President Obama has had to adapt to these structural biases. Despite the economic crisis, he isn't proposing to end the Iraq and Afghan-Pakistan wars and he isn't cutting the military budget, for which he proposes a $30 billion increase in the next fiscal year. To do otherwise would be to vindicate the charge that the Democrats are weak on national security, a chronic charge that the Democrats must constantly deny and disprove in the weapons culture. It was interesting to read how Defense Secretary Gates has been debating which weapons programs might have to be sacrificed or cut back to keep the military budget within small growth limits (e.g., Christopher Drew and Elisabeth Bumiller, "Military Budget Reflects a Shift in U.S. Strategy," NYT, April 6, 2009). This is Pentagon business, not the business of elected officials and leaders, who might debate and veto funds for foreclosure victims or other civil society programs, but in a long tradition the military budget is out of bounds.
The North Korean Threat
No wonder the military budget is out of bounds, given the steady stream of "National Security Threats." Consider North Korea, audaciously testing a missile when the Godfather and its Pooh-Bah global associates agree that only the United States, Israel, and other Godfather-approved parties can thumb their noses at the Non-Proliferation Treaty and international law more generally. Iran could do it under the Shah, but Iran's thumb-your-nose rights ended with the Shah's overthrow. With this "dire" North Korea threat—that it might be able to defend itself—the international community and media are up in arms, quaking almost as severely as they were at the threatened mushroom cloud from Saddam's weapons of mass destruction in 2002-2003.
But if the North Korean "threat" disappears, thankfully we can return to Iran. And maybe Russia, newly aggressive in the face of all those Western-funded and organized "democratic" revolutions and enlarged arms supply and joint military exercises around its borders. Those paranoids apparently see something there beyond a commitment to democracy everywhere.
Z Magazine Archive
AnnouncementsLABOR - May 1 is May Day. Workers of the world will celebrate the 124th anniversary of International Worker’s Day. Born out of a call for an 8-hour workday in the United States, this day is an opportunity for all workers to show their solidarity with one another, as well as to renew the call for labor rights.
FARM CONFERENCE - The Farm Conference on Community and Sustainability will be held May 24-26 in Summertown, TN, in partnership with the Fellowship of Intentional Communities. Tour green homes, see sustainable food production, learn about solar installations, alternative education, midwifery, and more.
Contact: Douglas@thefarmcommunity.com; http://www.thefarmcommunity.com/.
PALESTINE - The Conference of the Palestinian Shatat in North American will be held June 3-5 in Vancouver. The conference will examine the future of the Palestinian liberation movement.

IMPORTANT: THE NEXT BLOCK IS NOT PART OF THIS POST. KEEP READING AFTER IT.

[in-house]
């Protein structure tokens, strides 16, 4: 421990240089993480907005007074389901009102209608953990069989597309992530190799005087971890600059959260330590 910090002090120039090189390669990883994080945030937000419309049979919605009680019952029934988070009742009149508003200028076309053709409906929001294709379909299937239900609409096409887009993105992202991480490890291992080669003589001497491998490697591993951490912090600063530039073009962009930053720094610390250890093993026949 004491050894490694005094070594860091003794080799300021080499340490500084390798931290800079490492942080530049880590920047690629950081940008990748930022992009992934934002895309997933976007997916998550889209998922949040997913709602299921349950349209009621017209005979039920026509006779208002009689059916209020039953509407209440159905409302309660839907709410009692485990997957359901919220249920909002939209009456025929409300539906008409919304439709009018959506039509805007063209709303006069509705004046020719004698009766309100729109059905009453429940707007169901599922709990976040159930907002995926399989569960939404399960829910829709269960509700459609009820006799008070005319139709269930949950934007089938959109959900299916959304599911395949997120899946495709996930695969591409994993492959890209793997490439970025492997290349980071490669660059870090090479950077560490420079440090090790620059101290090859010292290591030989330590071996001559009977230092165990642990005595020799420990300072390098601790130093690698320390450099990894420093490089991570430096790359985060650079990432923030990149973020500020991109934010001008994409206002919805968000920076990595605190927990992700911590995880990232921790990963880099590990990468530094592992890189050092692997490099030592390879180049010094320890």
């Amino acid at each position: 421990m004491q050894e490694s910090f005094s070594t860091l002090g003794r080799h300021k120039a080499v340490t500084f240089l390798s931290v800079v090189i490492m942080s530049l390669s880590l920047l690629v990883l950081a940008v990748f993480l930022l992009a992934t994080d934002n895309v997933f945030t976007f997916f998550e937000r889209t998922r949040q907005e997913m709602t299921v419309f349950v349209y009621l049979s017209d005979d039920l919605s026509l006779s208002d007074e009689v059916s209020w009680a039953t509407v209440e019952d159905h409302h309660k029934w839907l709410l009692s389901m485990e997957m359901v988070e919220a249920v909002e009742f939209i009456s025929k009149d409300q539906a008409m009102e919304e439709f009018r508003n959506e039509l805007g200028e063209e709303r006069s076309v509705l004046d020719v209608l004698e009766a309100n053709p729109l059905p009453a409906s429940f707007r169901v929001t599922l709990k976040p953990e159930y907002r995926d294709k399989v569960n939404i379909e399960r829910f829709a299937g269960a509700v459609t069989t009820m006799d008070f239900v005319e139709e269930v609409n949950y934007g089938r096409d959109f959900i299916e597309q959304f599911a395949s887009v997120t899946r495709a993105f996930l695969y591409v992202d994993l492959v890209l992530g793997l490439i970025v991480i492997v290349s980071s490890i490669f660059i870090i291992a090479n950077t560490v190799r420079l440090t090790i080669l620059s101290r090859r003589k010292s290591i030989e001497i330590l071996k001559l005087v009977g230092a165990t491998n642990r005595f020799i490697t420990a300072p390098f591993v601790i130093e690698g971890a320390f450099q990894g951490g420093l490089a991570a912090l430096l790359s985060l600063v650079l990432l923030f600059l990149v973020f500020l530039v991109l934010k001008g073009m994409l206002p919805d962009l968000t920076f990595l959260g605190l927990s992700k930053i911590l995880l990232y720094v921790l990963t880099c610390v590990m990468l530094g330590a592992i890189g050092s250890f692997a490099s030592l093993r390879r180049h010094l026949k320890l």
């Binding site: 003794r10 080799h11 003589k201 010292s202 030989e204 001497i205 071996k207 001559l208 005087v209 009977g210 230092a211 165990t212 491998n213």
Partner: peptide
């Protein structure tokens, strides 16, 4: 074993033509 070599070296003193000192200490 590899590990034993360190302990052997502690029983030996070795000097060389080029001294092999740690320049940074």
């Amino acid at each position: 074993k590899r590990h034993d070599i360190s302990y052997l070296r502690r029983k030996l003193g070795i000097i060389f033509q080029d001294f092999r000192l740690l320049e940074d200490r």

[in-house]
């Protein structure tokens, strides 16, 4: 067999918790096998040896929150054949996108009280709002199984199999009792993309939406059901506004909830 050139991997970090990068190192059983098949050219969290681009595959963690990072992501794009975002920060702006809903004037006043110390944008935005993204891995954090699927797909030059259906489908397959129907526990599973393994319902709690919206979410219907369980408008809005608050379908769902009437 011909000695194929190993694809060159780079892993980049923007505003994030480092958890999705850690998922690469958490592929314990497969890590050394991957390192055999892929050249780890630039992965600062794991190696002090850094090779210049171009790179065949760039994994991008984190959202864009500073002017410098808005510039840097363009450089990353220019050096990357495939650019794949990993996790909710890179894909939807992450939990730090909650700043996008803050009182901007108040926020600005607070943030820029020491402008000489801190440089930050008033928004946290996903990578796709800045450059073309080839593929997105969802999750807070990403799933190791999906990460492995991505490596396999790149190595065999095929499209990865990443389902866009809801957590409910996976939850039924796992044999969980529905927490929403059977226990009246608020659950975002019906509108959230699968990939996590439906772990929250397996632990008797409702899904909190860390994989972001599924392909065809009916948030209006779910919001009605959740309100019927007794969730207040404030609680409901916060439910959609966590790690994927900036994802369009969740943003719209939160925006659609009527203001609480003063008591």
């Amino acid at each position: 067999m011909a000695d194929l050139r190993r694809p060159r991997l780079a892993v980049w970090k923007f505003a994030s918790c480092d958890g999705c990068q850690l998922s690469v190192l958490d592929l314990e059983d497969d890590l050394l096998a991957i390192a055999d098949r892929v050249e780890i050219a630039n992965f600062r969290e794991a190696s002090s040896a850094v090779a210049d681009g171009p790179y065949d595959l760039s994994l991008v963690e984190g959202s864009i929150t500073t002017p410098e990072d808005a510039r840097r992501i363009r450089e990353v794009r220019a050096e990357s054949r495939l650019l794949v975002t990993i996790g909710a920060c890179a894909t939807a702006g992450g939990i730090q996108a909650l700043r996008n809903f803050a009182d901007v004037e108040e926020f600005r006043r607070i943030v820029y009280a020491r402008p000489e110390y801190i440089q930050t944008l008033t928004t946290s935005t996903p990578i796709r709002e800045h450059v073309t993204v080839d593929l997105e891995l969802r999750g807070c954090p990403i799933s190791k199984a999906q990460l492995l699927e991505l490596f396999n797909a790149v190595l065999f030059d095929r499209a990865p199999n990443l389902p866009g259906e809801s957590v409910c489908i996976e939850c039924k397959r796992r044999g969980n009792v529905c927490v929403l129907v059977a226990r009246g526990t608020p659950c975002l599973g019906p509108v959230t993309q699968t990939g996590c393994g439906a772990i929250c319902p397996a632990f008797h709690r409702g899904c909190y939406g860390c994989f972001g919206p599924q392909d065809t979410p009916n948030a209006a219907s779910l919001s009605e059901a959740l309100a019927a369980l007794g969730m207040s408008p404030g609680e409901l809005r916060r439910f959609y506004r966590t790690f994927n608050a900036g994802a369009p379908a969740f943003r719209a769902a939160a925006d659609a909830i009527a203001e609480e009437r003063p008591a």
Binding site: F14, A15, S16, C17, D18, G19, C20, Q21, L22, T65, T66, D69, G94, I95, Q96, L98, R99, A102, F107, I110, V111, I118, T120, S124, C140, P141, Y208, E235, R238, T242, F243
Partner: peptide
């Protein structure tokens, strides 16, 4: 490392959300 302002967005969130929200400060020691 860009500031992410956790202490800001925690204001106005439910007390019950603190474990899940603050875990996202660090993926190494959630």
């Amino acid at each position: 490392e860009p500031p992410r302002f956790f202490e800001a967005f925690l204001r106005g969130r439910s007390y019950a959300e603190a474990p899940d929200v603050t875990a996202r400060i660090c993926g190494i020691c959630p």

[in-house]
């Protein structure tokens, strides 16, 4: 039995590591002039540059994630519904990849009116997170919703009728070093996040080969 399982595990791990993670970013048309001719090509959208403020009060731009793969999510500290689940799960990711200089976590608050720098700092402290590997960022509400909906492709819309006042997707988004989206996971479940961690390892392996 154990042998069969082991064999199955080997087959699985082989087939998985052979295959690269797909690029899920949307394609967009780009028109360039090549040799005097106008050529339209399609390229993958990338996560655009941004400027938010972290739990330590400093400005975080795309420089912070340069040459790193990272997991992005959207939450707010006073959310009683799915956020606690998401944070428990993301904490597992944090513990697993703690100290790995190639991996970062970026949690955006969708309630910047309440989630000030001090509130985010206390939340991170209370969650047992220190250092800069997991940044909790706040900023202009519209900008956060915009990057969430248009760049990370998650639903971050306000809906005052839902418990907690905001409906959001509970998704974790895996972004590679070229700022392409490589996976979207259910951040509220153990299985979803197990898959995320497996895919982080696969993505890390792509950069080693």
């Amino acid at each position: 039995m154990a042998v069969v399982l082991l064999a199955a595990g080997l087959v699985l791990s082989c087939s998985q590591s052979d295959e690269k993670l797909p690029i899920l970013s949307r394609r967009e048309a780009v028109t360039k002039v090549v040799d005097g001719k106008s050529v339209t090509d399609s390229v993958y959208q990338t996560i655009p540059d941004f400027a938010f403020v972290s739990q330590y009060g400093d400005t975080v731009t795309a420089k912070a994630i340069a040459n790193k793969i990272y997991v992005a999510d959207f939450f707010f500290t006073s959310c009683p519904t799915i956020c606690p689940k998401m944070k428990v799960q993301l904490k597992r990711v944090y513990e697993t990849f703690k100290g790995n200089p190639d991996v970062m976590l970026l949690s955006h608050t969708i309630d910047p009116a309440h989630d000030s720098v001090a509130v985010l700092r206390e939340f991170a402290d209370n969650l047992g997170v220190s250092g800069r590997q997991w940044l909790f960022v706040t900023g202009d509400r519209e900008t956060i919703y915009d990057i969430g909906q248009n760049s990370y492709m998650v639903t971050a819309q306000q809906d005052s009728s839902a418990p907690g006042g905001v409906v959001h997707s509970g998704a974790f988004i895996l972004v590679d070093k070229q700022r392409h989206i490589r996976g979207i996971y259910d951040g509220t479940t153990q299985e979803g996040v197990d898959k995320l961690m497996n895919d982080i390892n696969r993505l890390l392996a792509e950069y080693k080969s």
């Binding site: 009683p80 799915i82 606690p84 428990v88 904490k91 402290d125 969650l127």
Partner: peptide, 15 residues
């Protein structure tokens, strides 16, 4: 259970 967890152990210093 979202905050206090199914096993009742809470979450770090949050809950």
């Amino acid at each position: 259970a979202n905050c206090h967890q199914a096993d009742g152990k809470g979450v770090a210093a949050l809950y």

Contact: email@example.com; http://www.palestinianconference.org/.
LABOR - The Pacific Northwest Labor History Association’s 45th annual conference will be held May 3-5, in Portland, OR. This year’s theme is Labor Under Attack: Learning from the Past and Preparing for the Future. A call for presentations, workshops and papers is currently underway.
Contact: PNLHA, 27920 68th Ave. East, Graham, WA 98338; 206-406-2604; PNLHA1@aol.com; http://www3.telus.net.
MARIJUANA - On the first Saturday of May marijuana legalization activists will hold informational and educational events, rallies and marches in over 300 cities around the world.
ECONOMICS - The Union For Radical Political Economics will hold its 39th annual conference May 9-11 in New York City.
RECLAIM THE DREAM - The 2013 Poor People’s Campaign & March from Baltimore to Washington D.C. will be May 11. Communities, schools and unions interested in participating are encouraged to contact the Baltimore People’s Assembly.
Contact: 410-500-2168; 410-218-4835; BaltimorePeoplesAssembly@gmail.com; Southern Christian Leadership Conference of Baltimore and the Baltimore Peoples Power Assembly, 2011 N. Charles St., Baltimore, MD 21218.
MOTHER’S DAY - The 17th Annual Mother’s Day Walk For Peace will be May 12th, in Dorchester, MA. The walk began in 1996 for families who had lost children to violence. The day has become a way for thousands of people to financially support the work of the Louis Brown Peace Institute.
Contact: http://www.ldbpeaceinstitute.org/; http://mothersdaywalk4peace.org/.
NATO 5 - An International Week of Solidarity with the NATO 5 has been called for May 16-21. Supports call on supporters to raise awareness of the NATO 5 and support funds for the defendants on the one-year anniversary of their preemptive arrests.
Contact: firstname.lastname@example.org; https://nato5support.wordpress.com.